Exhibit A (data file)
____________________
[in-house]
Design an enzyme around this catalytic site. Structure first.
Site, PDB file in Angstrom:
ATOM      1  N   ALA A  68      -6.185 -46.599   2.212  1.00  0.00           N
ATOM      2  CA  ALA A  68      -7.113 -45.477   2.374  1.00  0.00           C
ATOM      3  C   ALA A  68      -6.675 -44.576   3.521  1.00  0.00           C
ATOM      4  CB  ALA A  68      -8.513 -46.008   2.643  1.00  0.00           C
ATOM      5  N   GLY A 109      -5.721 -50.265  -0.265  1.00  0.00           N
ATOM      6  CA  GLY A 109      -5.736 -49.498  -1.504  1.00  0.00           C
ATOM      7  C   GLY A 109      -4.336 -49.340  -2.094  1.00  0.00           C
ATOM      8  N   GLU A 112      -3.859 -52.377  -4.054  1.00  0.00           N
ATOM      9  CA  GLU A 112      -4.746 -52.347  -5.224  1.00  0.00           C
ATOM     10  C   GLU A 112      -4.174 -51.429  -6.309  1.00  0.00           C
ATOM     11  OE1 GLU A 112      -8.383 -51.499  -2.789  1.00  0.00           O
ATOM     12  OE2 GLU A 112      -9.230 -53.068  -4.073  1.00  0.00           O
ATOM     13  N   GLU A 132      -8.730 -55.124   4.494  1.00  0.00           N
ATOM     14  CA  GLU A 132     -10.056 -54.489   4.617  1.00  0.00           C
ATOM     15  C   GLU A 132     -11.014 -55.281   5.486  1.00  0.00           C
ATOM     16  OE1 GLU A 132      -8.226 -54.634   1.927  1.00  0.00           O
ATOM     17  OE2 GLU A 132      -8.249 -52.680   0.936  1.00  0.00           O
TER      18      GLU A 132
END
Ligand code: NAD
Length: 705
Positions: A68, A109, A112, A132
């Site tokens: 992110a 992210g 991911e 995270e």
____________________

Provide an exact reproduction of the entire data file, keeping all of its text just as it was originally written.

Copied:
[in-house]
Design an enzyme around this catalytic site. Structure first.
Site, PDB file in Angstrom:
ATOM      1  N   ALA A  68      -6.185 -46.599   2.212  1.00  0.00           N
ATOM      2  CA  ALA A  68      -7.113 -45.477   2.374  1.00  0.00           C
ATOM      3  C   ALA A  68      -6.675 -44.576   3.521  1.00  0.00           C
ATOM      4  CB  ALA A  68      -8.513 -46.008   2.643  1.00  0.00           C
ATOM      5  N   GLY A 109      -5.721 -50.265  -0.265  1.00  0.00           N
ATOM      6  CA  GLY A 109      -5.736 -49.498  -1.504  1.00  0.00           C
ATOM      7  C   GLY A 109      -4.336 -49.340  -2.094  1.00  0.00           C
ATOM      8  N   GLU A 112      -3.859 -52.377  -4.054  1.00  0.00           N
ATOM      9  CA  GLU A 112      -4.746 -52.347  -5.224  1.00  0.00           C
ATOM     10  C   GLU A 112      -4.174 -51.429  -6.309  1.00  0.00           C
ATOM     11  OE1 GLU A 112      -8.383 -51.499  -2.789  1.00  0.00           O
ATOM     12  OE2 GLU A 112      -9.230 -53.068  -4.073  1.00  0.00           O
ATOM     13  N   GLU A 132      -8.730 -55.124   4.494  1.00  0.00           N
ATOM     14  CA  GLU A 132     -10.056 -54.489   4.617  1.00  0.00           C
ATOM     15  C   GLU A 132     -11.014 -55.281   5.486  1.00  0.00           C
ATOM     16  OE1 GLU A 132      -8.226 -54.634   1.927  1.00  0.00           O
ATOM     17  OE2 GLU A 132      -8.249 -52.680   0.936  1.00  0.00           O
TER      18      GLU A 132
END
Ligand code: NAD
Length: 705
Positions: A68, A109, A112, A132
């Site tokens: 992110a 992210g 991911e 995270e």